Mutations in the RNA granule component TDRD7 cause cataract and glaucoma.

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Cataract, Cell-Line, Chick-Embryo, Crystallins, Cytoplasmic-Granules, Embryonic-Development, Female, Gene-Expression-Regulation-Developmental, Gene-Knockdown-Techniques, Glaucoma, Humans, Hypospadias, Lens-Crystalline, Male, Mice, Mutation, Organogenesis, Protein-Biosynthesis, RNA-Messenger, RNA-Binding-Proteins, Ribonucleoproteins, Spermatogenesis

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Science 2011 Mar; 331(6024):1571-6.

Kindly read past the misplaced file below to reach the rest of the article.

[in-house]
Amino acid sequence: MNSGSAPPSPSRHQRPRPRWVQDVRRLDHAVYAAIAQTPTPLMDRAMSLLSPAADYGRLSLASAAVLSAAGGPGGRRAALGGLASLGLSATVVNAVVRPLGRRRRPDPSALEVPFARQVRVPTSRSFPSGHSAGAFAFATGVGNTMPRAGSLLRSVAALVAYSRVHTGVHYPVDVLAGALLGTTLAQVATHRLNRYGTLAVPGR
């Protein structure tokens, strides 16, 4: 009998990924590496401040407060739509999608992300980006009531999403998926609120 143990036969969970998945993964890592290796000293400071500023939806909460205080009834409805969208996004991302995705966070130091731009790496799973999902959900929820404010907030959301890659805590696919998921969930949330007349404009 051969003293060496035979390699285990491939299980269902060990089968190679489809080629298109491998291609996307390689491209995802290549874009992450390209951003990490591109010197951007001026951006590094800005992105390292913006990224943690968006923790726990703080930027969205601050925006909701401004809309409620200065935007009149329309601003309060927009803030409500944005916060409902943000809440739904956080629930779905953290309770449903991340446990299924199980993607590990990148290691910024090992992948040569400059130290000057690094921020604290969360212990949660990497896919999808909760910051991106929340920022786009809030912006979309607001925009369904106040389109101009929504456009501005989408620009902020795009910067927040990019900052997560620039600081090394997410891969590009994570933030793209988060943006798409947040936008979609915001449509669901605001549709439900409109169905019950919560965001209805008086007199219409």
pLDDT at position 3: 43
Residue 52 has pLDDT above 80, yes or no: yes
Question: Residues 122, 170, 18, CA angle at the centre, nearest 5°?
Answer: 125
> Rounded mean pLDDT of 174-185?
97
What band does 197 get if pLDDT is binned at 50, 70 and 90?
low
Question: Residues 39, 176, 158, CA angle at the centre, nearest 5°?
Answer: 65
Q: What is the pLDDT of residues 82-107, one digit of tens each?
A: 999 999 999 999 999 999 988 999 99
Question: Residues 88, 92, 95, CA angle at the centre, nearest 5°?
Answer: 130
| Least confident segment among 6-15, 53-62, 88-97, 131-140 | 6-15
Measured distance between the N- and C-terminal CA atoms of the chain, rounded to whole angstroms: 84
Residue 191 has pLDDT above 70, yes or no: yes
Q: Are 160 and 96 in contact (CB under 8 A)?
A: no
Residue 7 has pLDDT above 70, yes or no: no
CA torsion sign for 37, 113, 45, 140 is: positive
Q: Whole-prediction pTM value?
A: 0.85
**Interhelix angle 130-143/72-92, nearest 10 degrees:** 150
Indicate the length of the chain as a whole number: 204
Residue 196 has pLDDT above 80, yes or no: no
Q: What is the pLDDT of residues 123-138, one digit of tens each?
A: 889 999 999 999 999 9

The precise transcriptional regulation of gene expression is essential for vertebrate development, but the role of posttranscriptional regulatory mechanisms is less clear. Cytoplasmic RNA granules (RGs) function in the posttranscriptional control of gene expression, but the extent of RG involvement in organogenesis is unknown. We describe two human cases of pediatric cataract with loss-of-function mutations in TDRD7 and demonstrate that Tdrd7 nullizygosity in mouse causes cataracts, as well as glaucoma and an arrest in spermatogenesis. TDRD7 is a Tudor domain RNA binding protein that is expressed in lens fiber cells in distinct TDRD7-RGs that interact with STAU1-ribonucleoproteins (RNPs). TDRD7 coimmunoprecipitates with specific lens messenger RNAs (mRNAs) and is required for the posttranscriptional control of mRNAs that are critical to normal lens development and to RG function. These findings demonstrate a role for RGs in vertebrate organogenesis.